By Laurie Nooren, SPHR, PHRca, SHRM-CP

For years, California courts have allowed the practice of rounding in/out times for the day up to the nearest quarter of an hour. This was before any real technology was available that allowed employers to easily calculate hours worked. The acceptance was due in part to a 2012 court case,  See’s Candy Shops, Inc. v. Superior Court,  which stated a rounding practice is lawful if it is “fair and neutral on its face” and applied “in such a manner that it will not result, over a period of time, in failure to compensate the employees properly for all the time they have actually worked.” However, today with time management software and the use of excel spreadsheets which easily calculate hours/minutes worked, rounding in/out times is becoming a thing of the past. 

Last month, July 2023, in Woodworth v. Loma Linda University Medical Center (found here) the court decided with technology advancement that rounding is no longer acceptable. In this case, a nurse filed a class action and Private Attorneys General Act (PAGA) claim against the medical center for, among other things, failure to pay overtime wages based on the medical center’s rounding practices.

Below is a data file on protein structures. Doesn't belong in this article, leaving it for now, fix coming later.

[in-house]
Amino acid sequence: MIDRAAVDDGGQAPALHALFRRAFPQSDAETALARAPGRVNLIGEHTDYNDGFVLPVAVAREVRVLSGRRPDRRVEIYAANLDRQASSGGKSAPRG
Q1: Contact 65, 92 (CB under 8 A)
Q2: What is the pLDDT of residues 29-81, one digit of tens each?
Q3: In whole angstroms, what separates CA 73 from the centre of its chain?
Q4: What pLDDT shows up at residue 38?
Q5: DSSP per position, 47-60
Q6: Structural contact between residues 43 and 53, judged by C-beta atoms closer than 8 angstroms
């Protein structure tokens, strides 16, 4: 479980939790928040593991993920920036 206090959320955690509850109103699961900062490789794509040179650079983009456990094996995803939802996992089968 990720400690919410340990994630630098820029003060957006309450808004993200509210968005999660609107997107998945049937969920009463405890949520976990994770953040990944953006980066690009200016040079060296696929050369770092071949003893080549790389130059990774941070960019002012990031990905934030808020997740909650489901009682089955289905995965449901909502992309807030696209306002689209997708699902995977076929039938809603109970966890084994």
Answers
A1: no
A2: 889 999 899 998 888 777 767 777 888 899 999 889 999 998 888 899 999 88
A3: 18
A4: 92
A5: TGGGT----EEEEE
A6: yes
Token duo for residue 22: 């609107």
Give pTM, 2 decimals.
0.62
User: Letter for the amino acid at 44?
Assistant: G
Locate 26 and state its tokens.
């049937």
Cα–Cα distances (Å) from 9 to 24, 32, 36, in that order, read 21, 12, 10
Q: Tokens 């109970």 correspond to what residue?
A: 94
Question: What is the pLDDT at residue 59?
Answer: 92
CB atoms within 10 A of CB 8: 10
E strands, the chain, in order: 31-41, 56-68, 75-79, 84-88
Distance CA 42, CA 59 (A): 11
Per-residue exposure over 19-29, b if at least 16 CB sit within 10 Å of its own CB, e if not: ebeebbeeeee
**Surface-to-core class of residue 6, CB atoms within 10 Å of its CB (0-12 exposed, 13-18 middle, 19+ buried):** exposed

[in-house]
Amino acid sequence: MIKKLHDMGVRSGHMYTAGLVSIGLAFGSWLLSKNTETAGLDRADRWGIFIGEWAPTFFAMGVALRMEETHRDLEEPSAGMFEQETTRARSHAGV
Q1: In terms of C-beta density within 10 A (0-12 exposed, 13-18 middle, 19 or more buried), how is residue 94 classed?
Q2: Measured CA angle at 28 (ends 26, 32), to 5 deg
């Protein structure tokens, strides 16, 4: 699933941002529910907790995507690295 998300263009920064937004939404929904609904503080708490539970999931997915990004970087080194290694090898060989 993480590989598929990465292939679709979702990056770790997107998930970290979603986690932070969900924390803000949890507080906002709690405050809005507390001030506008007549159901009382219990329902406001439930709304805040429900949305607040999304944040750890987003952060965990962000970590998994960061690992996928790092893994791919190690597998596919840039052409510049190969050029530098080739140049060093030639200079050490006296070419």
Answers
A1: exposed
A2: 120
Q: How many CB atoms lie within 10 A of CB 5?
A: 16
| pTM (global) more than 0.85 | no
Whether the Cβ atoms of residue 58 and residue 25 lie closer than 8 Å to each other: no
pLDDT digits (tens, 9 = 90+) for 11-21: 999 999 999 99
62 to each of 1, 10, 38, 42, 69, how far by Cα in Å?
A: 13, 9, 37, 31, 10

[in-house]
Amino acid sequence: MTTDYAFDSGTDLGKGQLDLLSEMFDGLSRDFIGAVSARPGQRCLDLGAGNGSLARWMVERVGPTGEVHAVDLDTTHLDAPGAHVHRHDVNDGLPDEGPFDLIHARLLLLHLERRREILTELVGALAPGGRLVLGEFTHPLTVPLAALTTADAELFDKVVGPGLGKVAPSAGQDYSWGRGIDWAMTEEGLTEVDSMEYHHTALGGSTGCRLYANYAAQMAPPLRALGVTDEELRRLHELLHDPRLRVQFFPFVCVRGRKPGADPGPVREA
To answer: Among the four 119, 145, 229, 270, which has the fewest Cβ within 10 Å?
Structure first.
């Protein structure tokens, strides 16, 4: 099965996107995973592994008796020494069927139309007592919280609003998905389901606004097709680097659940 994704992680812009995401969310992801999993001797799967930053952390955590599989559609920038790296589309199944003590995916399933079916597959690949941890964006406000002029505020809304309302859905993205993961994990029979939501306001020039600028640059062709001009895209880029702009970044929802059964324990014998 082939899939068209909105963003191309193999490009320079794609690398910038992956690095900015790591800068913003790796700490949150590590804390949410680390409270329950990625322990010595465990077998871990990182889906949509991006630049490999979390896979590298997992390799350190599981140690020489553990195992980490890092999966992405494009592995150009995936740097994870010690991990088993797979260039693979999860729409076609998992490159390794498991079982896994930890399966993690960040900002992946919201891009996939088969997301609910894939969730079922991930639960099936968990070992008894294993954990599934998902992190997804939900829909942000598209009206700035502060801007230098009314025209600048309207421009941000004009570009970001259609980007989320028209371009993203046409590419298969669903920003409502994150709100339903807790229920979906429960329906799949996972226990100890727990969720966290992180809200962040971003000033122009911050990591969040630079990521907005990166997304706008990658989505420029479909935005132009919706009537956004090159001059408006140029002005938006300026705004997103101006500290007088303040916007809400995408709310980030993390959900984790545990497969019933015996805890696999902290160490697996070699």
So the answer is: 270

The medical center had previously completed an analysis of their rounding practices, finding them  neutral on their face and without a failure to compensate employees for all hours worked. They continued to round employees’ time to the nearest tenth of an hour. However, they also had the exact timeclock punches (to the minute) for each of these employees in/out times. So why did they not pay employees to the minute?

The court said they recognize a lack of current legislation regarding rounding practices, but with technology being what it is now, there is no reason employers can’t pay employees for every minute worked. Since the medical center had the exact punch times, rounding should not be permitted. “If an employer . . . can capture and has captured the exact amount of time an employee has worked during a shift, the employer must pay the employee for ‘all the time’ worked.”

This case is awaiting review by  the California Supreme Court, although a date for a hearing has yet to be scheduled. While we wait for the review, if you are rounding in/out times for the day (it is not permissible ever to round meal period in/out times), we strongly recommend you discontinue this practice, and pay non-exempt employees for all time worked.  This means every minute of time worked – even 8:26 am to 11:57 am, back in at 12:29 pm, out at 5:02 pm. If you are using a time management system or electronic payroll system, in/out times should be easily captured to the minute. You may end up owing a little overtime at the end of the day; however, it may save you on future wage/hour and potential class action and PAGA claims.

As always, please reach out to your HR Consultant for questions about this or other HR related topics.